Sunday, 8 June 2014

Lollygagging no more - Last days in the Gippsland Lakes

JUNE 8th..

Today was to be our last day in Lakes (for now) before we moved further along the lake system to Paynesville and so, because the weather was nice, another bike ride was on the cards, this time on the other side of town just to see what we could see. Cycling around Lakes is easy if nothing else. Flat with relatively wide roads, some bike lanes and bike/pedestrian paths it was easy to get around and by the time we got back to the boat, we'd ridden about 12 kilometres. Ah …. doesn't the distance fly when you're having fun? Yet although interesting, with a lot of little jetties and hire boats, it wasn't quite as interesting as the main drag. 

Welcome to a really beautiful part of the country.
Round round wheels goin' round round round, down up peddalin' down up down......
Hey Jason.... they say hello from Lakes
There are heaps of small hire boats on this side of town as well as foot pedal boats.
We took a little rest at the halfway mark at Lion's Park
Beach fishing along 90 mile beach.
Almost all of the bottle brush trees are of the golden variety.
Yet another of those silly pelicans.
Just some of the birds we have met around Lakes

By the time we stepped onto the boat and put the bikes away it was starting to drizzle and so, to end another energetic day, the obligatory Nana Nap came into effect.

Tomorrow we leave for Paynesville.

JUNE 9th...

The weather this time was fairly nice as we made our way further into the Lakes system past Metung and towards Paynesville. 
Past the Metung Hotel, this time in better weather.
On the way to Paynesville, everything was dull and in shadow except for this solitary little island.
The lakes are actually very expansive. We only saw such a small part of them.
Because it was in the lakes, and there were fairly shallow bits at times we motored the four hours to Paynesville, but part way through we found there was a big problem with the engine (go here for reference as Dave's already written about it... )

Dave had a week's work to do and Paynesville had good facilities without having to worry about showers that froze the wobbly and sticky out bits. They also had free washers and dryers, a kitchen with free tea and coffee, a microwave and a lounge area. Okay, I say free but it wasn't really. The berth still had to be paid for but at this stage it was worth it.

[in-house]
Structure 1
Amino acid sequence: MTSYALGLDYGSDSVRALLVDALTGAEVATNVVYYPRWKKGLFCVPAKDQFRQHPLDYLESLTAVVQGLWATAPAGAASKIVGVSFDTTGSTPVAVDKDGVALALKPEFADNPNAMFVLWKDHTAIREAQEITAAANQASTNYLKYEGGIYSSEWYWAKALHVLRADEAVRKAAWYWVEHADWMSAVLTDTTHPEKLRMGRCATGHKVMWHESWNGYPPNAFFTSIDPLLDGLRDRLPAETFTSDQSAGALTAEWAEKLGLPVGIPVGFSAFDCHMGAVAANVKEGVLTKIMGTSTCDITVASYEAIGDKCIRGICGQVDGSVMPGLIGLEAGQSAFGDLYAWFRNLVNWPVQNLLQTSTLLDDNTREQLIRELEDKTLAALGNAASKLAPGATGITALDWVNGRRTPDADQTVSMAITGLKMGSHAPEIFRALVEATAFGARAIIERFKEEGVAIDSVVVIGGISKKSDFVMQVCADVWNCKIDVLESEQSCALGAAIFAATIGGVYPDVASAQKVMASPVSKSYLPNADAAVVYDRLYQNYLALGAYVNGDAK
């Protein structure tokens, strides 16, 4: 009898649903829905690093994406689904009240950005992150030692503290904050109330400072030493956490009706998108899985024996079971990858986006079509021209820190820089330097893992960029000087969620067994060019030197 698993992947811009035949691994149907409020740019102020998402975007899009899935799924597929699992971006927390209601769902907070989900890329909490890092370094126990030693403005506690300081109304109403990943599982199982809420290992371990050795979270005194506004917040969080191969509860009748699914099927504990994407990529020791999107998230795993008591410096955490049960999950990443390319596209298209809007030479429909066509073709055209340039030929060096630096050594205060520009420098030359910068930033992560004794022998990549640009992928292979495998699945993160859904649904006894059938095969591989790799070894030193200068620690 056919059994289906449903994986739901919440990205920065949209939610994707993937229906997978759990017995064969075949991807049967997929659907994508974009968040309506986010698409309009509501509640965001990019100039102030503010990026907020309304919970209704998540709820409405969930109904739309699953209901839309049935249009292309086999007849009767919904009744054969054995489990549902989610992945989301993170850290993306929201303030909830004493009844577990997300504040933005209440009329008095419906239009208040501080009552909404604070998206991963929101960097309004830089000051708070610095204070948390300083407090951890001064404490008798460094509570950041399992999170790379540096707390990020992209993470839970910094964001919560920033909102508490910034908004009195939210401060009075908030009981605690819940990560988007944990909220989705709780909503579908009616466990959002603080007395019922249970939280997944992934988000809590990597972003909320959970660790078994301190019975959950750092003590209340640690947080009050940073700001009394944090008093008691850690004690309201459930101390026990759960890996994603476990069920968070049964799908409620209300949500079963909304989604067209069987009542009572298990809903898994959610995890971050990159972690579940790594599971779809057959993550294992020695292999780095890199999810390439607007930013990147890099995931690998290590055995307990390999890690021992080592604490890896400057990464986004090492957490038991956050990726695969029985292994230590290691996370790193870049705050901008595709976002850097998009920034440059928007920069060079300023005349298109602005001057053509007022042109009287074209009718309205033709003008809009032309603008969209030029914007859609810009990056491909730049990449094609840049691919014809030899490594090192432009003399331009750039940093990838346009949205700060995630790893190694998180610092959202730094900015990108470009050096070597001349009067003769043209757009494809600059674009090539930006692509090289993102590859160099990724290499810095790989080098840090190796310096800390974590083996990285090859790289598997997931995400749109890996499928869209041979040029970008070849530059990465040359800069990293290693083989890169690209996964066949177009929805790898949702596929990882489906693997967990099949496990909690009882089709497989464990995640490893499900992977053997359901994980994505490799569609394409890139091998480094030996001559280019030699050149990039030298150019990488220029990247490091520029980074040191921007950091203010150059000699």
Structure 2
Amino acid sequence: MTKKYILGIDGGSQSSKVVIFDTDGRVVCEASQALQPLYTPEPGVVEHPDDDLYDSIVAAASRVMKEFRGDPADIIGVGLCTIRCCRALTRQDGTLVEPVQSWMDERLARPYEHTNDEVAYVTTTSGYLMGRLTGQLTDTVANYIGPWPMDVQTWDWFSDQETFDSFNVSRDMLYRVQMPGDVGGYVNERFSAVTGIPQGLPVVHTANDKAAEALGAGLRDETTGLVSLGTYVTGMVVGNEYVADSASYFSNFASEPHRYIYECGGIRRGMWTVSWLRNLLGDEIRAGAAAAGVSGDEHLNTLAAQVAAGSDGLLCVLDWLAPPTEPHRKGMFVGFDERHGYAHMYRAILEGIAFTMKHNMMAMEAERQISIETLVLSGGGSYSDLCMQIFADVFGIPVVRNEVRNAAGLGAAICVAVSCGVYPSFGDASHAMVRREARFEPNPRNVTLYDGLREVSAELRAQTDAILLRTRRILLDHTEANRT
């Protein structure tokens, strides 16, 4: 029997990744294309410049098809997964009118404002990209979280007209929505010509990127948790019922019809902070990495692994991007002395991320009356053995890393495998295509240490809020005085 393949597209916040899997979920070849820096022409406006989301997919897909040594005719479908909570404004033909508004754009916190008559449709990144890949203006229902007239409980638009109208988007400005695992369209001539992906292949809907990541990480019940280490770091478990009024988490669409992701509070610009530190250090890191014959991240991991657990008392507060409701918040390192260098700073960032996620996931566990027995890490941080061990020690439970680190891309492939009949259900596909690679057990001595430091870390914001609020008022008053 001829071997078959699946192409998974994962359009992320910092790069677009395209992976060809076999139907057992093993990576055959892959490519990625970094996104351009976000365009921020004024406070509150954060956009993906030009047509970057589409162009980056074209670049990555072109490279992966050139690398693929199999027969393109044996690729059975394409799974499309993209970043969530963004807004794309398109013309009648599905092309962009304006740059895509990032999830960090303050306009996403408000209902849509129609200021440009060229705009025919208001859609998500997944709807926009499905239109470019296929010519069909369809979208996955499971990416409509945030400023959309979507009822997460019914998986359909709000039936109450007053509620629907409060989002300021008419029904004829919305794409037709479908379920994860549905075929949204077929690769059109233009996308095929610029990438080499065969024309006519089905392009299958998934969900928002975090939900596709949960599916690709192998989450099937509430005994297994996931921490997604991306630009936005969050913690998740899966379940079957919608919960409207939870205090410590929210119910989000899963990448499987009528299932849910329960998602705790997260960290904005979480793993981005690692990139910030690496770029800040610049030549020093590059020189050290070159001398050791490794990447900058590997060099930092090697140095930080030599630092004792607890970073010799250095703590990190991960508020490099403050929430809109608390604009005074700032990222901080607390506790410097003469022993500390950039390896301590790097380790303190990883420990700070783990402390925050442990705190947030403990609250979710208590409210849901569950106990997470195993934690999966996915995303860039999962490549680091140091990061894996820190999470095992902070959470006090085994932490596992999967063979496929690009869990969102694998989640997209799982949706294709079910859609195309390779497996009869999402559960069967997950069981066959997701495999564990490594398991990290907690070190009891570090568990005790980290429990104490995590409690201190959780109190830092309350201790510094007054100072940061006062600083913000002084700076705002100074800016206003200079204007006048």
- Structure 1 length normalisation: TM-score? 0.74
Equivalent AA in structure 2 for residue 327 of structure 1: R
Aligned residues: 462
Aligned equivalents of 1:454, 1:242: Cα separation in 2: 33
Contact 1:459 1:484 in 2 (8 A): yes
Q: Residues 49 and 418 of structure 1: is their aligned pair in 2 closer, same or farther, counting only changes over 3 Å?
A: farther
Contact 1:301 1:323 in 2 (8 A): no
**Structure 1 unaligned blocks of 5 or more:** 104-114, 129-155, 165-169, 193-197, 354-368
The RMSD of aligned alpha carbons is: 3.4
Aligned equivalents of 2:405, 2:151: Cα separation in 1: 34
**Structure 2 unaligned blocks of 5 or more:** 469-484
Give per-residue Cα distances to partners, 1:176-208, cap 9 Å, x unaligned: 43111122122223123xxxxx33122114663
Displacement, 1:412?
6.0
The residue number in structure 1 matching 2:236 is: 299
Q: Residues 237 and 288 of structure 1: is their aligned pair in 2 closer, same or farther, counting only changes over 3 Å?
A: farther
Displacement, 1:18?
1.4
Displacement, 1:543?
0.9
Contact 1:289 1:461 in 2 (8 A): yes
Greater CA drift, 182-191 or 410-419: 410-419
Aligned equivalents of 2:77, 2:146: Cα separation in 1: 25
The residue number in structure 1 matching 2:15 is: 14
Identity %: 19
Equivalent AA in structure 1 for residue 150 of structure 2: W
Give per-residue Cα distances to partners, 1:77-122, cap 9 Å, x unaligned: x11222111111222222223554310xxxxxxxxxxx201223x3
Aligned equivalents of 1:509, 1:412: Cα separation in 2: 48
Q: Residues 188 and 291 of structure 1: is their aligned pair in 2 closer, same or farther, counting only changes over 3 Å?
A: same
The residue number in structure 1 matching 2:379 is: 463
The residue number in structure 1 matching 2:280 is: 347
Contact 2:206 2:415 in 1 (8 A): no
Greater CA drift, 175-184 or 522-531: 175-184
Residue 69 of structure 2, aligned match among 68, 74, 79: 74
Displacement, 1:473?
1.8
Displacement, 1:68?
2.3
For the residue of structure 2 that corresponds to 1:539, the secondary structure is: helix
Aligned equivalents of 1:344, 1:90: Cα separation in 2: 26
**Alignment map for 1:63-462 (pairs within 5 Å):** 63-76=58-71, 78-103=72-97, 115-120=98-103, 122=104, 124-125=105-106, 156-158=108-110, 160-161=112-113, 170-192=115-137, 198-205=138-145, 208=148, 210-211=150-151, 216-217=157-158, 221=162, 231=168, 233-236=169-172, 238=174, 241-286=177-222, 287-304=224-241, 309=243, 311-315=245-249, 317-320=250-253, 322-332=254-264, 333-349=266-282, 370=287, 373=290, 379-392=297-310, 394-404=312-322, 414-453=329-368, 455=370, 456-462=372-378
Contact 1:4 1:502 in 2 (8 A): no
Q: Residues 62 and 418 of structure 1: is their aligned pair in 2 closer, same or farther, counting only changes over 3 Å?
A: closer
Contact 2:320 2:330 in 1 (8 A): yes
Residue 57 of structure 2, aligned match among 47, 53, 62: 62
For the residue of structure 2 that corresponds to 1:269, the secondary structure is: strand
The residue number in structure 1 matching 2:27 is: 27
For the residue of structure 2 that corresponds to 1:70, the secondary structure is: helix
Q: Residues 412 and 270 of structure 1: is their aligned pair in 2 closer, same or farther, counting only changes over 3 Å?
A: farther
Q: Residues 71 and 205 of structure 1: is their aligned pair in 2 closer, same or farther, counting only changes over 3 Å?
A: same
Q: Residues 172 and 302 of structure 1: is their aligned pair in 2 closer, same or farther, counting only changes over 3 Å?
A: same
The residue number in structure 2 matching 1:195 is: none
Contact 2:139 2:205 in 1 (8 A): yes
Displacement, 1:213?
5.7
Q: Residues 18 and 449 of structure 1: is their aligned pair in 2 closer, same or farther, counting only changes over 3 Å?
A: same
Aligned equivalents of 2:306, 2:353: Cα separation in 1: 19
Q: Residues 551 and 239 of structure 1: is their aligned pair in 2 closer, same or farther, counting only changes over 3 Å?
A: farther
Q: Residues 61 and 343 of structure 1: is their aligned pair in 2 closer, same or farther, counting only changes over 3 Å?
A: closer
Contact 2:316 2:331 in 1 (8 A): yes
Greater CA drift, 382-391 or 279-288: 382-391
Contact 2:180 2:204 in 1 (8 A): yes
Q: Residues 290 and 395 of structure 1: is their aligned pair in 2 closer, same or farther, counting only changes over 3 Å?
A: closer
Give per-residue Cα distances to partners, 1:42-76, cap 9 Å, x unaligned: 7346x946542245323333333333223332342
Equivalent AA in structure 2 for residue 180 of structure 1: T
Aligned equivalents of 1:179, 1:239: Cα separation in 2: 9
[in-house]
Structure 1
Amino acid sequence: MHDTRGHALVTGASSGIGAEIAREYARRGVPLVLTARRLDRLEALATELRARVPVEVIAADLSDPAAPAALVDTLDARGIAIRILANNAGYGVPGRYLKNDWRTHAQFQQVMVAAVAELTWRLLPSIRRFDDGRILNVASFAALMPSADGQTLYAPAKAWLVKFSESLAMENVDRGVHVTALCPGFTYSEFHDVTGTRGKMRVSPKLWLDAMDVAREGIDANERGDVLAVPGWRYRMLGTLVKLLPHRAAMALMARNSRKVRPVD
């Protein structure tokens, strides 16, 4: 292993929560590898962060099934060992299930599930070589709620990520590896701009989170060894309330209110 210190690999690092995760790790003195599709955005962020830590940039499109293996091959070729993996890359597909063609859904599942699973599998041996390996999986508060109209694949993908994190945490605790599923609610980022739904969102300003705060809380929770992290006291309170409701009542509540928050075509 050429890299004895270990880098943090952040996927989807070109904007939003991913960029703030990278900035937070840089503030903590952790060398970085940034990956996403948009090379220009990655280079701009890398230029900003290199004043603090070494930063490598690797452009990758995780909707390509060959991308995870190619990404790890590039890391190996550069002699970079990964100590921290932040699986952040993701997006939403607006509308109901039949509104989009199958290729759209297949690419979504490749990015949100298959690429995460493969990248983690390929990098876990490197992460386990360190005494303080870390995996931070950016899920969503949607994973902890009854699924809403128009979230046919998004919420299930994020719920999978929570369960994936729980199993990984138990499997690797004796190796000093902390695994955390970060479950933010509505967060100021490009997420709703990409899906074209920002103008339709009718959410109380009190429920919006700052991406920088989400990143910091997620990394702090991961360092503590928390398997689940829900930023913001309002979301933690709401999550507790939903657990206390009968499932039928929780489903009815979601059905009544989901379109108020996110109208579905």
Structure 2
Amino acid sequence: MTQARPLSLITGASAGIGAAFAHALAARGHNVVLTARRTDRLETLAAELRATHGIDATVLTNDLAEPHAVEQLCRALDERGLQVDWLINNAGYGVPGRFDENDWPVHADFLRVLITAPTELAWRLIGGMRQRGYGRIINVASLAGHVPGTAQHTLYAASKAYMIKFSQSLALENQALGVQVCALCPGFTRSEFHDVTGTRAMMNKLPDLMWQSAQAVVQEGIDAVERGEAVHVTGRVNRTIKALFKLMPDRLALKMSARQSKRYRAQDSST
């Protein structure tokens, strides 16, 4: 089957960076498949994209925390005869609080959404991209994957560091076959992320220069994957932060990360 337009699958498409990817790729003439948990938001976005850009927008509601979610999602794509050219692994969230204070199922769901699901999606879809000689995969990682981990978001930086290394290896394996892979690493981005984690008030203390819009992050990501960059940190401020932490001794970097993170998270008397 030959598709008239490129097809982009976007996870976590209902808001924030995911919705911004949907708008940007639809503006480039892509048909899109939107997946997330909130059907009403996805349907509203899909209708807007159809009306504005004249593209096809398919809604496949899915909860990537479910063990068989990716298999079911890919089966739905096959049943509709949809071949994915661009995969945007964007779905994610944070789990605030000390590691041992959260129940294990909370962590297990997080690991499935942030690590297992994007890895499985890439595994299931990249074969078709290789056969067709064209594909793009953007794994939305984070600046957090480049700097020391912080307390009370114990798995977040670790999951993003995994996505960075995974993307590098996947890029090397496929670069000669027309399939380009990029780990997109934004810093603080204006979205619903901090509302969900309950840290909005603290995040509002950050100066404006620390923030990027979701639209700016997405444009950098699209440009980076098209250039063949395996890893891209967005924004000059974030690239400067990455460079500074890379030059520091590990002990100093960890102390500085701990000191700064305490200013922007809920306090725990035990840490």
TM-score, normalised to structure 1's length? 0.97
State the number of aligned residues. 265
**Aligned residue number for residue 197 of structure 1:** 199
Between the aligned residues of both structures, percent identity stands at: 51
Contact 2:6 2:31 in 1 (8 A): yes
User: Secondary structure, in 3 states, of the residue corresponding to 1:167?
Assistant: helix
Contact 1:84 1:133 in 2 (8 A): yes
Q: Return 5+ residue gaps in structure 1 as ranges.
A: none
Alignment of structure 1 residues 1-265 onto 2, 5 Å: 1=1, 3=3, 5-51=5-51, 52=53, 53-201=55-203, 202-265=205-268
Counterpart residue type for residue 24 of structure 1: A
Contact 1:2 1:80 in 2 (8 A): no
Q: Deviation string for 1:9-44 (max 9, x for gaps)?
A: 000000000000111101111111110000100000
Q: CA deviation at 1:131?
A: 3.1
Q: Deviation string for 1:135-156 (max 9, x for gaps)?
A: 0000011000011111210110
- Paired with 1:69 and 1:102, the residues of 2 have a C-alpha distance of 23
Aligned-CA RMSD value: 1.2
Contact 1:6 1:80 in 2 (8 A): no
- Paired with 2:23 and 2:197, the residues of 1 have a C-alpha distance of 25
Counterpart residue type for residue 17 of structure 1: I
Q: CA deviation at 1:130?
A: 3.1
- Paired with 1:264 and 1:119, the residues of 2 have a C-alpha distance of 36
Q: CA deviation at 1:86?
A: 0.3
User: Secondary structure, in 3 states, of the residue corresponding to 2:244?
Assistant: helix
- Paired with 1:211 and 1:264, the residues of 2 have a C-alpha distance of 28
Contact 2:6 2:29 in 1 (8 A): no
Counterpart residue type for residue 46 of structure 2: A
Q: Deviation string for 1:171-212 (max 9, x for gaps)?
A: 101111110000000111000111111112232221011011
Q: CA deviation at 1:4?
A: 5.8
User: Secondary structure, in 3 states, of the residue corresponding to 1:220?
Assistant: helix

When we eventually got to Paynesville Slip Bight Marina, which is actually located on Burrabogie Island, we knew we had been relegated to Finger 5 but had no real idea where on that finger we were supposed to be so we just picked an empty berth that was absolutely covered in gigantic piles of bird muck, thus giving a subtle indication that it was likely not being used at the time, and tied up. Luckily staying at this berth was not a problem and, after we'd hosed off the bird goop, it remained our 'home base' for the next couple of weeks. 

Our noisy neighbours and poop machines.

The town itself was a couple of kilometres away and so we had to ride in each time we needed something (although Dave did make an almost daily trip to buy warm, fresh bread from the awesome bakery). We also went to town a few times via the waterways, which gave a completely different aspect of the dock areas. It was easier to do this when groceries were needed simply because we could fit more into the dinghy than onto the small bike racks.

For the next few days the weather came in very ordinary, cold, drizzly and pretty much downright icky and since Dave had work to do anyway and since we didn't have a complete engine in the boat, I spent my time doing the mundane and boring stuff like cleaning, and spent a lot of time doing pretty much not-a-lot. I was beginning to feel quite hemmed in and the chilly weather was starting to get to both of us. Mind you, it would have been a whole lot worse if we didn't have such an awesome air conditioner.

JUNE 19th

On this particularly nice day we loaded the bikes into the dinghy and puttered across the river to Raymond Island, a small conservation island that apparently has more than 200 koalas living on it. The koalas were introduced to the island in 1953 and it is considered a very safe environment for them. 

A Little History